Braden Holtby turned in another stellar effort on Monday night with 44 saves against the Pittsburgh Penguins. With their win Monday, the Caps moved into first place in the Eastern Conference. Their 44 points is the second most in the NHL, they have not lost consecutive games this season and have won nine of their last 11 games.
All is right with the world...or is it?
The Caps are winning, but they don't seem to be as dominant as they looked at the start of the season. The shots the team is allowing is evidence of that.
In the their first 17 games, the Caps allowed more than 30 shots only once in the loss to San Jose in which Alex Ovechkin was scratched. In the last 12 games, the team has allowed more than 30 shots eight times. In the first 17 games, the Caps were out-shot only three times. In their last 12, they were out-shot six times including the last three-straight.
Sometimes, the amount of shots given up are not an indication of how well a team is playing.
"Every game is different," Holtby said. "A perfect example is back when we played New York (a 5-2 loss on 22 shots on Nov. 3). They had like 13 shots after two periods and six of them were Grade As."
Still, the amount of shots Holtby is facing is a troubling trend for the Caps. In fact, Holtby has faced more than 33 shots in six of his last seven starts.
When asked if the Caps were relying too much on Holtby after Monday's game, head coach Barry Trotz answered, "Yeah, we are."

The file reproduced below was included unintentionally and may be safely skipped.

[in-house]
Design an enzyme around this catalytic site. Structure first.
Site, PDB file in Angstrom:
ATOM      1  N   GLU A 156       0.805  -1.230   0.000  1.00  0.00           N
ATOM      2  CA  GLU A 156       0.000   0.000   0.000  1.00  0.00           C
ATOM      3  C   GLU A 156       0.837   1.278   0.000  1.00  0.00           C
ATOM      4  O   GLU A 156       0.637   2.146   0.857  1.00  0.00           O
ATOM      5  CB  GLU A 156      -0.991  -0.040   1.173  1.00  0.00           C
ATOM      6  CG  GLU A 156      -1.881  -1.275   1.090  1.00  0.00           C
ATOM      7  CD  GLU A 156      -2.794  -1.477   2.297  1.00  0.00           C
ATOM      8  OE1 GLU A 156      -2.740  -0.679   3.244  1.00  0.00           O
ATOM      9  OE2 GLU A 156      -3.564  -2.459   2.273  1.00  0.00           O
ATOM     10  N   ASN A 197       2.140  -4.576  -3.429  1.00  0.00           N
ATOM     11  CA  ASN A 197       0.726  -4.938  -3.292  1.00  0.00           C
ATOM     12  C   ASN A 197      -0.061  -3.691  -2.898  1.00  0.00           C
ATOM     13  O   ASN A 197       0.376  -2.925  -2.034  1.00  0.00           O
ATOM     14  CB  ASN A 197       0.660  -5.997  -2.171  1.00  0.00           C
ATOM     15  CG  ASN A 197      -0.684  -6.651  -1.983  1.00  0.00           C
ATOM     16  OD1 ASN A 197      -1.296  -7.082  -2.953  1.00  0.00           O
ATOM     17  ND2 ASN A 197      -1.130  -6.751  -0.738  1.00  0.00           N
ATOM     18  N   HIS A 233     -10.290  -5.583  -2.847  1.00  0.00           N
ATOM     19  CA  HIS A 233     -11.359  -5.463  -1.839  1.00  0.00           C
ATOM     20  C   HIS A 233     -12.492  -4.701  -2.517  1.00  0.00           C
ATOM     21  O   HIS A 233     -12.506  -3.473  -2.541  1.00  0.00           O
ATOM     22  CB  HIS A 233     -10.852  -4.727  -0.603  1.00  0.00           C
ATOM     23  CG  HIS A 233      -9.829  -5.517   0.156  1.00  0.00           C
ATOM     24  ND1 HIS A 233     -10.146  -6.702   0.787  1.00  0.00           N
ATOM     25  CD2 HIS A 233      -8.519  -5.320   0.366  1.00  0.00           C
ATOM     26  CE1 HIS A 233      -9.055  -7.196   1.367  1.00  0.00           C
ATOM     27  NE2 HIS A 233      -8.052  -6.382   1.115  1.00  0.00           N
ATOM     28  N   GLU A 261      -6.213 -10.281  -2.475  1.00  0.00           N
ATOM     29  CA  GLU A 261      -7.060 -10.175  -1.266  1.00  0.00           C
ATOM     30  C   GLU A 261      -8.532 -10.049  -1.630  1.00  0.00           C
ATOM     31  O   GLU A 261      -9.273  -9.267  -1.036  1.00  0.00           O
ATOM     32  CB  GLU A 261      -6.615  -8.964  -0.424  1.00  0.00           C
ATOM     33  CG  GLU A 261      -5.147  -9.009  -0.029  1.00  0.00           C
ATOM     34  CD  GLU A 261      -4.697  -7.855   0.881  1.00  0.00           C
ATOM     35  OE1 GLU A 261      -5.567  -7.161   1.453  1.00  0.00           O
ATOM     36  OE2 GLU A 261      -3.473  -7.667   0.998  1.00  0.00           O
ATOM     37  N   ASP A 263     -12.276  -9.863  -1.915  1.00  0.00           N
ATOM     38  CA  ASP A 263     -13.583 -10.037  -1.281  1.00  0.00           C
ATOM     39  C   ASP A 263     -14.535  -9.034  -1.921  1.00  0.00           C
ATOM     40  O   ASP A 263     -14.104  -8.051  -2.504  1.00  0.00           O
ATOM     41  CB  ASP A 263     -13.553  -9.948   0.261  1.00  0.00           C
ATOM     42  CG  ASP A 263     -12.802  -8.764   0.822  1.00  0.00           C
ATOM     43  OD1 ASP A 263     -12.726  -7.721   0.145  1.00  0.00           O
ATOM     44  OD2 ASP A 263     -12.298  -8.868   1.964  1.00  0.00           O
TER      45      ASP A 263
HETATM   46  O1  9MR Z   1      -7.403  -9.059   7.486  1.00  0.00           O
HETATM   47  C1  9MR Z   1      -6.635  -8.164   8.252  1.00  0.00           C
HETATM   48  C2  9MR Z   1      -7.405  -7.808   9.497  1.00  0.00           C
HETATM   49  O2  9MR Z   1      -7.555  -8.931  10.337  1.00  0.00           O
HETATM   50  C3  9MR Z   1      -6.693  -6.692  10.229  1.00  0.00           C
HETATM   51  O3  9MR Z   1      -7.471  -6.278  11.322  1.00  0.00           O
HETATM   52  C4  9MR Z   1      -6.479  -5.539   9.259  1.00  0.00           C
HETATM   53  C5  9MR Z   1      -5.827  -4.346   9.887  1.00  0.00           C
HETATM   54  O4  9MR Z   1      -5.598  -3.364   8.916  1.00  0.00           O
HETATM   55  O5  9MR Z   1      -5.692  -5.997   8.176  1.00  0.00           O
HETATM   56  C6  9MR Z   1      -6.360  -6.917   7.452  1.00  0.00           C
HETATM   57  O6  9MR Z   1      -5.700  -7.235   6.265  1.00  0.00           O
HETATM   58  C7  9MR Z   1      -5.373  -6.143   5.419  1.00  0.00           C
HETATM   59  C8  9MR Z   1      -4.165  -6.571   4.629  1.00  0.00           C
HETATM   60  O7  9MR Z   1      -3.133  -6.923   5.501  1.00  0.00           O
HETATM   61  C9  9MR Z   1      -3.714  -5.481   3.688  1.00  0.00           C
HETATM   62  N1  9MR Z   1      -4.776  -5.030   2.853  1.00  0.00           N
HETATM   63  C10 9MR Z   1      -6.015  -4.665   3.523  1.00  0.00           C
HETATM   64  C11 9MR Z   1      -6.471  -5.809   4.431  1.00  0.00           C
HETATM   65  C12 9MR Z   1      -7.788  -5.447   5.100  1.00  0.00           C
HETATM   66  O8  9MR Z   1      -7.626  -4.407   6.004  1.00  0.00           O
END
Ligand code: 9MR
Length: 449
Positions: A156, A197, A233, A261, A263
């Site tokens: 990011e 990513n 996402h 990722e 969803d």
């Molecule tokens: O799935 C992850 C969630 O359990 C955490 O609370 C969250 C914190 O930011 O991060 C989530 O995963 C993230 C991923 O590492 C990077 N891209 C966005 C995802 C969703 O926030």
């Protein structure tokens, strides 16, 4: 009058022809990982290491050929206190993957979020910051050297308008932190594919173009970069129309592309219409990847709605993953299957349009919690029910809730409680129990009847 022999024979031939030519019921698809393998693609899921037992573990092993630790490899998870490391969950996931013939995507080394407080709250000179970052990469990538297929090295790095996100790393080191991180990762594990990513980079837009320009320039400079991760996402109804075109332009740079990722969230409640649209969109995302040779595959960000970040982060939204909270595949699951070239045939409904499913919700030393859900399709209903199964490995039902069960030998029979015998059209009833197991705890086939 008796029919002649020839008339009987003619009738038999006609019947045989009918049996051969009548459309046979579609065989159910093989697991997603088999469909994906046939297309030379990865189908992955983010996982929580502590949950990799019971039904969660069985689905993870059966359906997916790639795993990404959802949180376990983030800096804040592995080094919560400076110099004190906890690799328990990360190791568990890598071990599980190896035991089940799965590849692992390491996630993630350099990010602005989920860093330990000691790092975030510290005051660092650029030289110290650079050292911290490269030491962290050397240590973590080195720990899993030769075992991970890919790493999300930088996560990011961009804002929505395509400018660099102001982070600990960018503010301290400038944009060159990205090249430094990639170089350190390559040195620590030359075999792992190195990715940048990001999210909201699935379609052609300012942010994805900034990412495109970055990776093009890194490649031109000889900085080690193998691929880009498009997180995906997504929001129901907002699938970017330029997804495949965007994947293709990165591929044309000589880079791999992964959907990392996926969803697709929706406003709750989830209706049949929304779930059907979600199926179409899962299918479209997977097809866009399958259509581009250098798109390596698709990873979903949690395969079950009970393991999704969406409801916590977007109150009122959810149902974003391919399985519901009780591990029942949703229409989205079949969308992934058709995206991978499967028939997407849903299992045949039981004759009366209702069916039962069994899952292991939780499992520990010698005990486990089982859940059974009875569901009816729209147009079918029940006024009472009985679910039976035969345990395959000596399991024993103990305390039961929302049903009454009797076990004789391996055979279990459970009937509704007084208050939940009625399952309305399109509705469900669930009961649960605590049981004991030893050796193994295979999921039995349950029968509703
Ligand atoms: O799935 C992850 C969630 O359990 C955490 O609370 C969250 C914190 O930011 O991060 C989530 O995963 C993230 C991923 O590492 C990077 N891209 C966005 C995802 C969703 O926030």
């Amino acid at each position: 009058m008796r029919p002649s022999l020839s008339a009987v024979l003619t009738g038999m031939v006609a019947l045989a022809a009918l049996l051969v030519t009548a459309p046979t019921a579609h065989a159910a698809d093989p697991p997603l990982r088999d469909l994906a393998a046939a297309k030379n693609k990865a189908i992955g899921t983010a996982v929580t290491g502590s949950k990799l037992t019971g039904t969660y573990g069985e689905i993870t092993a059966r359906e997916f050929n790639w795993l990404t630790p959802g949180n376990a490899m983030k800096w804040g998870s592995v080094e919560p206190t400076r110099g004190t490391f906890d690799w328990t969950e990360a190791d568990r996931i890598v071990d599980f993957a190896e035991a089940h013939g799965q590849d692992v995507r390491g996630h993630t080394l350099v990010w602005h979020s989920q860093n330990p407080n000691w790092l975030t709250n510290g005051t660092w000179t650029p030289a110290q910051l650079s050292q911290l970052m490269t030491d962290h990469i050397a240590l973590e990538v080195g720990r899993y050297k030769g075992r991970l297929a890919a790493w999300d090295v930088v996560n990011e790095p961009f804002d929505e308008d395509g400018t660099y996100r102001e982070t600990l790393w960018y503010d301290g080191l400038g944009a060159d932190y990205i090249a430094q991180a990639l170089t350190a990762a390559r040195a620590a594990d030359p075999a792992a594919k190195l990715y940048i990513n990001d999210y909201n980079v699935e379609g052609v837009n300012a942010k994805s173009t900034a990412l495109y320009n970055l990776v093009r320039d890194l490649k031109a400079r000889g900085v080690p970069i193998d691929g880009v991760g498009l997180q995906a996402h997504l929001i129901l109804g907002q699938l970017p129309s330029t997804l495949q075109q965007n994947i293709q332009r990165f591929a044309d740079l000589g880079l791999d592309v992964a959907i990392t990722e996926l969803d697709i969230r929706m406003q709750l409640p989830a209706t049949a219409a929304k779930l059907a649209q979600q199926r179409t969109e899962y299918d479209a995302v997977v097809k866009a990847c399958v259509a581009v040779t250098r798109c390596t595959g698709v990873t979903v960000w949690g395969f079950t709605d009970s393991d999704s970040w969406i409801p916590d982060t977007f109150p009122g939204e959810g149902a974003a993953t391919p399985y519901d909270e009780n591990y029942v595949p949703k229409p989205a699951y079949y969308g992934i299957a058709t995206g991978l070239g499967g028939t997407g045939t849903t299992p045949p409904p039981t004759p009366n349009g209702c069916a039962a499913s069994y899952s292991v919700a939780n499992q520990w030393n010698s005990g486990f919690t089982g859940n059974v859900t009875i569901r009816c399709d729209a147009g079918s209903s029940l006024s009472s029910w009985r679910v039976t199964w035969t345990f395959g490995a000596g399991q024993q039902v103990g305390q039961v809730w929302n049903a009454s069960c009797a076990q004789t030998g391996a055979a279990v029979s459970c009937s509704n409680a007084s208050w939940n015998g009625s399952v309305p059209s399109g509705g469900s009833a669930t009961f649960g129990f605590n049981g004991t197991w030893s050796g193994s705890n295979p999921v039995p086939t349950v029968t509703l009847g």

Not many teams can allow 81 shots in two games and give up only two goals. The Caps are not paying for it at the moment thanks to Holtby.
Holtby is currently riding a 12-game point streak which just shows how absolutely incredible he is. Among goalies who have played 10 games or more, Holtby is fourth in save percentage (.933) and leads the league in GAA (1.87).
To further illustrate the Caps' growing dependence on their netminder, Philipp Grubauer has played twice in the past 12 games and played well. In both of those games, the Caps lost in regulation.
This season has already provided a cautionary tale for teams who rely too much on their start netminder.
The New York Rangers jumped to the top of the standings earlier in the season with 11 wins in a 12-game stretch. New York allowed more than 30 shots six times and were out-shot in seven of those 12 games. Since then, the Rangers have gone 2-6-2 and have dropped to third in the Metropolitan Division.
A Vezina-caliber netminder like Holtby is an asset, but he alone cannot carry a team forever.
Luckily for the Caps, the Ottawa Senators, Wednesday's opponent, rank 26th in the NHL in shots on goal per game. The Senators have also allowed at least 30 shots on goal in seven of their past eight games.
For a hot Capitals team, Wednesday presents a "get right" game of sorts, an opportunity to play aggressive and ease some of the pressure Holtby has faced by dominating possession and preventing opportunities.
If called upon again to carry the team, however, Holtby says he is read.
"Right now I'm just trying to give our team a chance to win. We’re battling as hard as we can to keep piling up points."
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